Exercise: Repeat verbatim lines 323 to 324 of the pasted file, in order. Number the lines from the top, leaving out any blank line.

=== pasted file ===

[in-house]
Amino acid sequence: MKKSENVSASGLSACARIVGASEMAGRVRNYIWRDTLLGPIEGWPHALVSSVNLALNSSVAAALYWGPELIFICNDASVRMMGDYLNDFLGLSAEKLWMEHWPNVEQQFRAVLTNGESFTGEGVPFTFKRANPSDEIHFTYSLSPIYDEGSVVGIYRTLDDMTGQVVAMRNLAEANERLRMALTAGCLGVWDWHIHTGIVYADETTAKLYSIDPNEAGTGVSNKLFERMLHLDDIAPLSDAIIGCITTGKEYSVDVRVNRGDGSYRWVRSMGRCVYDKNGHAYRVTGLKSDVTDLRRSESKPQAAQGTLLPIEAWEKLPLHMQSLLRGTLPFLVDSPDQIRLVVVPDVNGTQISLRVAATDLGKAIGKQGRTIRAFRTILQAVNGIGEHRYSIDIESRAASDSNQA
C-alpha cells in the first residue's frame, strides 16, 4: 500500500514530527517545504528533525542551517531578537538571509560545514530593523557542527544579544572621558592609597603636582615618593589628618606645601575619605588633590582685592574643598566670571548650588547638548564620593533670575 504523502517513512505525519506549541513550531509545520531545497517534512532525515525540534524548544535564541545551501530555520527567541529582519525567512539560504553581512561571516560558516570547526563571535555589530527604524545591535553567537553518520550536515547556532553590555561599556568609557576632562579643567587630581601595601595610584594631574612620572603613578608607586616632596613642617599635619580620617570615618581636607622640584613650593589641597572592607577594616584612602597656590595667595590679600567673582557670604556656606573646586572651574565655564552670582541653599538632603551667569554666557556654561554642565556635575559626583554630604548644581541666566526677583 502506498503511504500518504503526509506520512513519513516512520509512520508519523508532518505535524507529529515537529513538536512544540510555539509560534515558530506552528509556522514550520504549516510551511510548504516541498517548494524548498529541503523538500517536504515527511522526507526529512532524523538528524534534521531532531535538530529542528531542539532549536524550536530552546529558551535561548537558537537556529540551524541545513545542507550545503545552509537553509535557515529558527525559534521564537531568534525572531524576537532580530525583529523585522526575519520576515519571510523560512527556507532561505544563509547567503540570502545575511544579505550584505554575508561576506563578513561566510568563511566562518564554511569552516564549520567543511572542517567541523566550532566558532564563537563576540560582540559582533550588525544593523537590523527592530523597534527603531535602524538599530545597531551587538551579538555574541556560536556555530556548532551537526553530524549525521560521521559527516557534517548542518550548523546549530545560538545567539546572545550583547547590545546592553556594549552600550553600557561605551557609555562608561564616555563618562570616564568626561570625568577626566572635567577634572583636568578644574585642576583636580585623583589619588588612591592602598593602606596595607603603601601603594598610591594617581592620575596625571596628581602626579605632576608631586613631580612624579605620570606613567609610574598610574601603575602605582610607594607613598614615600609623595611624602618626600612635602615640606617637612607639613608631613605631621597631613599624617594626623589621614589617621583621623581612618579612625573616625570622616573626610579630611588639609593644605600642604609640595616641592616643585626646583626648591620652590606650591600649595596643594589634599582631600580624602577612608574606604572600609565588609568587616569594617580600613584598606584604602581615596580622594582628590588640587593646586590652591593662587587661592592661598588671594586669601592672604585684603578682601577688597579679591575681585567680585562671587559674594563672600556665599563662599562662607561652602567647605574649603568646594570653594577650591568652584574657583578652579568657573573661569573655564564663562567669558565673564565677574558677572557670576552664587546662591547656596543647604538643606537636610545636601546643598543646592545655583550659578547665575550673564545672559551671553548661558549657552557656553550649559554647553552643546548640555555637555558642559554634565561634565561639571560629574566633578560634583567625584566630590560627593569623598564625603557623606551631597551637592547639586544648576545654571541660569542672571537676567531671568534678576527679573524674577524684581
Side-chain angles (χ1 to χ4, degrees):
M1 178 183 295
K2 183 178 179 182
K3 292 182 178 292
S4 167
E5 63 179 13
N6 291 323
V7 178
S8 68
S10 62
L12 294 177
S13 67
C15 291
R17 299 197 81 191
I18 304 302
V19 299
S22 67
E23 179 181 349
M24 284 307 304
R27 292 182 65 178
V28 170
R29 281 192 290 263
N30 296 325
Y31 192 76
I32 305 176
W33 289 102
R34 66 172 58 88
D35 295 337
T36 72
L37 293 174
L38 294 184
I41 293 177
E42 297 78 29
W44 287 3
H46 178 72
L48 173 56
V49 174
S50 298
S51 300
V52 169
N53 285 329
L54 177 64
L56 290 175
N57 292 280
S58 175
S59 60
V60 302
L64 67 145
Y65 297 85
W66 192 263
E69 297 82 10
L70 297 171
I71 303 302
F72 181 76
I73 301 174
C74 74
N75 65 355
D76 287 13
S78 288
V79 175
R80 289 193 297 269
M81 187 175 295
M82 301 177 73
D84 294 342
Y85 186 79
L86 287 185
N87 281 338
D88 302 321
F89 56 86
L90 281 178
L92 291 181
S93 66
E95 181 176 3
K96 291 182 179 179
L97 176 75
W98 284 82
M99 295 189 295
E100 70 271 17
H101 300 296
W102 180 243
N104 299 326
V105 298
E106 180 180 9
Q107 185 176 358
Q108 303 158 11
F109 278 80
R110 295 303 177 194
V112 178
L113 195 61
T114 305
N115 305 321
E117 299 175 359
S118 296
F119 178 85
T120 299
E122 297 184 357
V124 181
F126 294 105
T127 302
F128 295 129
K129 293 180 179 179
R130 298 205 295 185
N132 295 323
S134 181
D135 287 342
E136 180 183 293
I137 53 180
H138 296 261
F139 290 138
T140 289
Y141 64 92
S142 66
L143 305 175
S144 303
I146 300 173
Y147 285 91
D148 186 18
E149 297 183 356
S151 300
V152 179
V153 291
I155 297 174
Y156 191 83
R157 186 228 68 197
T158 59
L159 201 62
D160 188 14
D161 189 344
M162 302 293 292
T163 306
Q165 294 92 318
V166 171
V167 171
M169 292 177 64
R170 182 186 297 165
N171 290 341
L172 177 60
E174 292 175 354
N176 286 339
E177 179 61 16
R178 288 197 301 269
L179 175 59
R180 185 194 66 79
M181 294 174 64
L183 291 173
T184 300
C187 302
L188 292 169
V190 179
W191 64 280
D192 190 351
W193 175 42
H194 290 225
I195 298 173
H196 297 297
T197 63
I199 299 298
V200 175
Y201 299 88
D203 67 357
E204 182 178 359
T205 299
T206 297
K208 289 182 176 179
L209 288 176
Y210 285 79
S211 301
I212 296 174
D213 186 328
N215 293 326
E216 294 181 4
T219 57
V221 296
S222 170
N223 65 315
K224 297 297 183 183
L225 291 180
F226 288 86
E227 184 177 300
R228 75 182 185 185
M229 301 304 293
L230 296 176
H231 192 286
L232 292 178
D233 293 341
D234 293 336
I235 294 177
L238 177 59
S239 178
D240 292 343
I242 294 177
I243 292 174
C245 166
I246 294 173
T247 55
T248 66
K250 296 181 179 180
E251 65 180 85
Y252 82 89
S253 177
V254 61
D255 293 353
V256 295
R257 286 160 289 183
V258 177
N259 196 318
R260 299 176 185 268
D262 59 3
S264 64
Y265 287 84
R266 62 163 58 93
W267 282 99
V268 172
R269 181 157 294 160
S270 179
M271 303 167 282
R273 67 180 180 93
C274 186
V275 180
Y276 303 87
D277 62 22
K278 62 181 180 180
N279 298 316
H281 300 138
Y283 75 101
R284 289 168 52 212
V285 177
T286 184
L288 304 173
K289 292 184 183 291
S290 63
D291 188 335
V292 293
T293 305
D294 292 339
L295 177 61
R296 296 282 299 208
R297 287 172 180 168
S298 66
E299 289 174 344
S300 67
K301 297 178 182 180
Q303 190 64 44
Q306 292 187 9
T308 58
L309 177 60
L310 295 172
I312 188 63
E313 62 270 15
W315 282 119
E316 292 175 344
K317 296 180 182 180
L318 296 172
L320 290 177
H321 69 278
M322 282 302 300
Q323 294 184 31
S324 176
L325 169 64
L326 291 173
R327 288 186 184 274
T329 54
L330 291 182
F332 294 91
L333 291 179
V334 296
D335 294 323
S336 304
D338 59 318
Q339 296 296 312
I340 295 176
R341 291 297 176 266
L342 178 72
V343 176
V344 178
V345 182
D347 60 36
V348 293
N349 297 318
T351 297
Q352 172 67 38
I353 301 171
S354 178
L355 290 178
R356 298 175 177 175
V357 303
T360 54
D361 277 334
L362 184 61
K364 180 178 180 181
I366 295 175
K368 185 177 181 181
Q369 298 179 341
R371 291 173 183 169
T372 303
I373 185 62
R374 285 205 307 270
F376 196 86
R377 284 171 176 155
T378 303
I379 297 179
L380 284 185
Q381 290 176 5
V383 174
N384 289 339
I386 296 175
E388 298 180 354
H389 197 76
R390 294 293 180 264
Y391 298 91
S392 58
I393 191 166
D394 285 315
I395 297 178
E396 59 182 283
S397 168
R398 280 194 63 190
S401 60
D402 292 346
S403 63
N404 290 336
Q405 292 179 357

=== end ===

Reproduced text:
S403 63
N404 290 336